A pilot program using theatre to teach English to refugees has shared in more than $343,000 in community grants from Hume council.
Not-for-profit group EQubed, in conjunction with Broadmeadows Performing Arts, received $3500 from the council to develop the six-month pilot program that will use performing arts to promote the learning of English as an Additional Language among Hume’s new arrivals.
Broadmeadows Performing Arts’ Damien Pree said he came up with the idea for the program after talking with new arrivals about their experiences learning English.
“A number of students talk about how they get a lot of opportunities to read and write English but they are looking for ways to listen and practise their English,” he said.
“The big issue for many refugees and migrants is that until they have a good understanding of English, it is very difficult for them to make money and be employed.
“I want to find ways to use performing arts to assist in English acquisition so we can reduce the time it takes for refugees to become employed.”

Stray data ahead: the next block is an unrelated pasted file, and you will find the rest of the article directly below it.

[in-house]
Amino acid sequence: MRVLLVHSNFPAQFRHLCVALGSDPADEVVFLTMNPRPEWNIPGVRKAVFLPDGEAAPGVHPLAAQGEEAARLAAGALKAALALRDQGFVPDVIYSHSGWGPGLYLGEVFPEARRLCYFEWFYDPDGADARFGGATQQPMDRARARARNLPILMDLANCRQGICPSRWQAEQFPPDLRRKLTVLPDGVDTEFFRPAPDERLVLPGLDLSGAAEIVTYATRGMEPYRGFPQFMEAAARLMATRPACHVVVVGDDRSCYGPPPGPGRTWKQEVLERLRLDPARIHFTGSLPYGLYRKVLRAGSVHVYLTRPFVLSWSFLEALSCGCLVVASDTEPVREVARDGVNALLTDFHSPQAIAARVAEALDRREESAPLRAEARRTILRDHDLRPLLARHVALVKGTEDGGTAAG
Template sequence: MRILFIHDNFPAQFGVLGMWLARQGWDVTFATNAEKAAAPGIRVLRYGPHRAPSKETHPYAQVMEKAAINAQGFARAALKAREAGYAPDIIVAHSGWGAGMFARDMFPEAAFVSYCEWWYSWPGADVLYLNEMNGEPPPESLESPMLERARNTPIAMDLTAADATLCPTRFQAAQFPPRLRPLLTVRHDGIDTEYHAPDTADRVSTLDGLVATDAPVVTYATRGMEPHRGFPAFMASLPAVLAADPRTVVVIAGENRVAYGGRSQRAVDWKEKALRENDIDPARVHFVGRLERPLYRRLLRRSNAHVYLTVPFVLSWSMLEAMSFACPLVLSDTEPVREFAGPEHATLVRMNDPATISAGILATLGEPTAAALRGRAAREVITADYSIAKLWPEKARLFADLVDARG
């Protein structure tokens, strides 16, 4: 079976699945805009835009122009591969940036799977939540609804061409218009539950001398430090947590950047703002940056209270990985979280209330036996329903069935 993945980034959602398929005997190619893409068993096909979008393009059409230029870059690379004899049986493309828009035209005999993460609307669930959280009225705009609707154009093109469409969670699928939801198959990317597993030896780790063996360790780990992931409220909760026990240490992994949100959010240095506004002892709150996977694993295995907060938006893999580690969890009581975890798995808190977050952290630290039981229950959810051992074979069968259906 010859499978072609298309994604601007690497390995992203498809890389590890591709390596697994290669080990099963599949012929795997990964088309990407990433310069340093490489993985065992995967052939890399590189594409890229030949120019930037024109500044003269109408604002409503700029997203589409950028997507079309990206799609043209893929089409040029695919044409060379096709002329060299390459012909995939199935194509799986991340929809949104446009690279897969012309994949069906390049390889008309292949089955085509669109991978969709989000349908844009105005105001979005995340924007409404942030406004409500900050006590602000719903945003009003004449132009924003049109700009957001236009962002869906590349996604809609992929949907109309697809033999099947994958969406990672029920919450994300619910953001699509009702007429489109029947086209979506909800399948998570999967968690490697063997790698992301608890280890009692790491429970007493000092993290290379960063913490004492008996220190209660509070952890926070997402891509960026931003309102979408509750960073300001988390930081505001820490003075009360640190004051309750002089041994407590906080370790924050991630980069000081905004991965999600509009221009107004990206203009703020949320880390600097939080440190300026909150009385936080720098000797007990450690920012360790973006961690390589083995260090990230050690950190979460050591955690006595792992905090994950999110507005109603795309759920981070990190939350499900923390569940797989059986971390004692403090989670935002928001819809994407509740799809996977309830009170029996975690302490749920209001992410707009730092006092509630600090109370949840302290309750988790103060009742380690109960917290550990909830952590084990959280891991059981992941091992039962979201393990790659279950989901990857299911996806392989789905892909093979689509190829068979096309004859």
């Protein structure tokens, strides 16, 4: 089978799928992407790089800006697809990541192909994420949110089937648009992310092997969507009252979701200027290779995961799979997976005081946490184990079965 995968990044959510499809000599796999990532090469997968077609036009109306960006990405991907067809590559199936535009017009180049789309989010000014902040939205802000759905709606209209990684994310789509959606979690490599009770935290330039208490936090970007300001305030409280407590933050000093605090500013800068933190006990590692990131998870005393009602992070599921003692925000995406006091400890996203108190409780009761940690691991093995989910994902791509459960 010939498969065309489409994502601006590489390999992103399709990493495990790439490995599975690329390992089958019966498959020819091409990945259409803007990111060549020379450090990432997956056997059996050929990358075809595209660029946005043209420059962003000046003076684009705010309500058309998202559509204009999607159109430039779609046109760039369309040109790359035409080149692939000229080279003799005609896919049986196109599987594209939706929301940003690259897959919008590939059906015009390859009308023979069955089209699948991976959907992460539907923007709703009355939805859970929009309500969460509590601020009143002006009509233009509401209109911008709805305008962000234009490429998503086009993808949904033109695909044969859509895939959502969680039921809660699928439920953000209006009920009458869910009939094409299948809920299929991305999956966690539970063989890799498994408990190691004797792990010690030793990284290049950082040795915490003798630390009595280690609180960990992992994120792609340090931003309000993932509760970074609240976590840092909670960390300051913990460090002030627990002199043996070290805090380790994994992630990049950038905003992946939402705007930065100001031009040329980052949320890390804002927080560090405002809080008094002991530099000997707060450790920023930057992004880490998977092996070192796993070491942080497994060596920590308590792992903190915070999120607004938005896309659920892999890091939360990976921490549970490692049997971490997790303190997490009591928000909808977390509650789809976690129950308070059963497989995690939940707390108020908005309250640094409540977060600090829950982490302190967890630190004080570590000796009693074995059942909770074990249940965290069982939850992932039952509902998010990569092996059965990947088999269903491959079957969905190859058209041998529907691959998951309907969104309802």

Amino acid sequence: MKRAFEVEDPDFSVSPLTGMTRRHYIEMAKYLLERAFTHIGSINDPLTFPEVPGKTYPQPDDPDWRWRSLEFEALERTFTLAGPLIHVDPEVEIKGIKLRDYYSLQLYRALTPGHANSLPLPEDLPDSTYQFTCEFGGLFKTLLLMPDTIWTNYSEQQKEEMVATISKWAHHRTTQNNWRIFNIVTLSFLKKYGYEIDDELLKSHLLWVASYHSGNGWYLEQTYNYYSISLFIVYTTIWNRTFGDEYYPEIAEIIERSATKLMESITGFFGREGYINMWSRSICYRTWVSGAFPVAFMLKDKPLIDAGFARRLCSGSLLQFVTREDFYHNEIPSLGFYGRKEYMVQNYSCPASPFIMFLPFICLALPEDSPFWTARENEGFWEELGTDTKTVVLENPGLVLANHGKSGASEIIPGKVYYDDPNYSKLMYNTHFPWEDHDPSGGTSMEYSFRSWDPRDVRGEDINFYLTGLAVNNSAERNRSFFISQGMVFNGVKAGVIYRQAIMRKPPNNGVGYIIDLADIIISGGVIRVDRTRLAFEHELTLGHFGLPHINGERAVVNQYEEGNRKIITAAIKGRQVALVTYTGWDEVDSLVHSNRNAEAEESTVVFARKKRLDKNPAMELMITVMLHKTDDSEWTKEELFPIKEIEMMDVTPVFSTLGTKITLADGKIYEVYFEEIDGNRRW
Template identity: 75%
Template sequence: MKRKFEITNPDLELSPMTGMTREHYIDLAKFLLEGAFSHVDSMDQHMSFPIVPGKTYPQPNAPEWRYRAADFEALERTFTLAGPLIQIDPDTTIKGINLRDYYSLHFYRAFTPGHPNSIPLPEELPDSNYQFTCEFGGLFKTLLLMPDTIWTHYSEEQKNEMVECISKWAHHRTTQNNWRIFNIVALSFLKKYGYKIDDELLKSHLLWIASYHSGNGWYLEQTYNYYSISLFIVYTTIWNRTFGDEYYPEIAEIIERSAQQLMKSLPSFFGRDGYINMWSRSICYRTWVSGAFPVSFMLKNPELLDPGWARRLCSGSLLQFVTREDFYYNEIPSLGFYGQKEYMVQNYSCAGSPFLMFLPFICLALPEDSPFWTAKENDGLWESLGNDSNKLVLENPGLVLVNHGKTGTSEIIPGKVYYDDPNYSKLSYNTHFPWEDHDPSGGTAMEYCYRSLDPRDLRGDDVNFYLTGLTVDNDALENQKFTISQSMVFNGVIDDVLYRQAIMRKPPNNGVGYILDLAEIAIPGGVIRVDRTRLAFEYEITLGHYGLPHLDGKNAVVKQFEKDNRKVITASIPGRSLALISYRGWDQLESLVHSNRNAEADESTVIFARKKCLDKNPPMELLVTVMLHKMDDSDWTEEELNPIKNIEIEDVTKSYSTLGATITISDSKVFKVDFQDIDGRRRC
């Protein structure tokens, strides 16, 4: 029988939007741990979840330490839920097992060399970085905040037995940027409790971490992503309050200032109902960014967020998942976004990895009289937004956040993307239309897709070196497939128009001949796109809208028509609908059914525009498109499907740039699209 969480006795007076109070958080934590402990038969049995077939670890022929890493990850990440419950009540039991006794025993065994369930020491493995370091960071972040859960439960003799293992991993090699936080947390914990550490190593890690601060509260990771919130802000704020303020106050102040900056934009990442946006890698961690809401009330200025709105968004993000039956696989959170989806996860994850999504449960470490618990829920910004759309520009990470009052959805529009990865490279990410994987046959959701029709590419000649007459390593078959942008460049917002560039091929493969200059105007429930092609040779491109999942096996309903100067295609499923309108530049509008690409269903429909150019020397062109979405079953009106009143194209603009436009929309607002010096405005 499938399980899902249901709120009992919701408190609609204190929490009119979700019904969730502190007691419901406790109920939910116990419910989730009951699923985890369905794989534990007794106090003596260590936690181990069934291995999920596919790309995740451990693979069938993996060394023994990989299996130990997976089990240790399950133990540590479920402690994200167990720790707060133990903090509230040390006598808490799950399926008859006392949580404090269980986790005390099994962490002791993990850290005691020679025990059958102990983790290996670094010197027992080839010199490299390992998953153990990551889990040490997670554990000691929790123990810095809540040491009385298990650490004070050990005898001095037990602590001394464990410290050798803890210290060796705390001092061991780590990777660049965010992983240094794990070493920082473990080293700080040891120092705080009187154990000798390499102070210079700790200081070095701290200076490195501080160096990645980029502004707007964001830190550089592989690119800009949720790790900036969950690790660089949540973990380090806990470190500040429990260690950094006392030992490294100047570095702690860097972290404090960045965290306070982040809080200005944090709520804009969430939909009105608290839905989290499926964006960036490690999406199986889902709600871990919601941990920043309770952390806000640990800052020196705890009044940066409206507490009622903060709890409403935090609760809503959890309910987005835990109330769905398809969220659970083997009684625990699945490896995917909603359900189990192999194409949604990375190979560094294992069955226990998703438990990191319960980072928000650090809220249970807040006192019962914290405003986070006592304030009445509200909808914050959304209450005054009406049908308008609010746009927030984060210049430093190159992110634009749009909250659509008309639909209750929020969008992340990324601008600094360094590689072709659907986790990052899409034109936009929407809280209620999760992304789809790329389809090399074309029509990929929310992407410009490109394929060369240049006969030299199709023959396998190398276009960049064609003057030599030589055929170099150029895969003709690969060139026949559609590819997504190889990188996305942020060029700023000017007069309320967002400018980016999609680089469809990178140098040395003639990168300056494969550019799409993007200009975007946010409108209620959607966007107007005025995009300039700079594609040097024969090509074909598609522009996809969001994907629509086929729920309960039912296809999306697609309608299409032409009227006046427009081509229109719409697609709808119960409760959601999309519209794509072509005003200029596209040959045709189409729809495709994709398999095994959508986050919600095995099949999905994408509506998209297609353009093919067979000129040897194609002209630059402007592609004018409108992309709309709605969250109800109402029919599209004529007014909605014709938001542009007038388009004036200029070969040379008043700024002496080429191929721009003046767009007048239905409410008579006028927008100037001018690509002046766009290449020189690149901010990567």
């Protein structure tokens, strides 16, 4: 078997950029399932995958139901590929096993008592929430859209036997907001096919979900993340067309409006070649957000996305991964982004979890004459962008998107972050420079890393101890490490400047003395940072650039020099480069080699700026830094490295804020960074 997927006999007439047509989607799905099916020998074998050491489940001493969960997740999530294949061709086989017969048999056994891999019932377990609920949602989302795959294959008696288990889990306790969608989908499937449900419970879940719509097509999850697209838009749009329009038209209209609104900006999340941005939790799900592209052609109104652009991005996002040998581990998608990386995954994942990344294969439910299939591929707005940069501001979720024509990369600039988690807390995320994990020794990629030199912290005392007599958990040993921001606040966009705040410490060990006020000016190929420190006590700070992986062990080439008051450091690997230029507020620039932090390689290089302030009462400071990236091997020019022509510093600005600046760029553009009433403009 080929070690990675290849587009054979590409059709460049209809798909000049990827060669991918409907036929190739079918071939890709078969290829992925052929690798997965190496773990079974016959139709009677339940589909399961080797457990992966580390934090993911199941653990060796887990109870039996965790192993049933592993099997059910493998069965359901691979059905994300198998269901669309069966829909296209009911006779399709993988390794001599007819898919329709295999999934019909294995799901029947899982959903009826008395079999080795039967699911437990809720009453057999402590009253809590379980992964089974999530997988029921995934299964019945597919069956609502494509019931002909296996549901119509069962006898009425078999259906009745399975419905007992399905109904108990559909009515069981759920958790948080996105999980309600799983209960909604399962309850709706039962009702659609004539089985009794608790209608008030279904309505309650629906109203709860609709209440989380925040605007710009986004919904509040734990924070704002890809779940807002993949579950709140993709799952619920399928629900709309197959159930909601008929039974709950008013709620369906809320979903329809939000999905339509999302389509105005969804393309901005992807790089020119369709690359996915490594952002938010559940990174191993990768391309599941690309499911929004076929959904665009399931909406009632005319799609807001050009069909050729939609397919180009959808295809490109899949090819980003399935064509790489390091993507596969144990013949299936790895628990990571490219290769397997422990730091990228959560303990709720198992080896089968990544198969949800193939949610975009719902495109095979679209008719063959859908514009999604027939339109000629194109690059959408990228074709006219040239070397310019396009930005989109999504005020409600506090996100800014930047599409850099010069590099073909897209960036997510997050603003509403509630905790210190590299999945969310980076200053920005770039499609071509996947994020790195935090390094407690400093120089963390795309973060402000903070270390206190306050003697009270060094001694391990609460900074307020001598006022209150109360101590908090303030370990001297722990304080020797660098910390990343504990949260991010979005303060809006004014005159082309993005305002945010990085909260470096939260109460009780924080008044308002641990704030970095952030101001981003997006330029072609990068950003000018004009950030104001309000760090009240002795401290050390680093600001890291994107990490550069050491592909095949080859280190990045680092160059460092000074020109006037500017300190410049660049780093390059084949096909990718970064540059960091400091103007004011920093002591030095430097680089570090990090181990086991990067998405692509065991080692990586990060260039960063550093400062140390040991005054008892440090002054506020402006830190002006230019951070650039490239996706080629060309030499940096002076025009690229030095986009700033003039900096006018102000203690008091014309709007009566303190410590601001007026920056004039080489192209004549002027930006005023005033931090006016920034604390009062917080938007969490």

The council issued grants to 150 other local organisations, including Campbellfield’s Second Chance Animal Rescue, which plans to use the money to develop an outreach program to support community members to take care of their pets; and the Gladstone Park Senior Citizens Club, which will use the money to engage more seniors in activities.
Mayor Geoff Porter said the grants helped local groups to deliver services.
“These organisations help make our community vibrant, and many of their activities would not be possible without some financial support,” he said,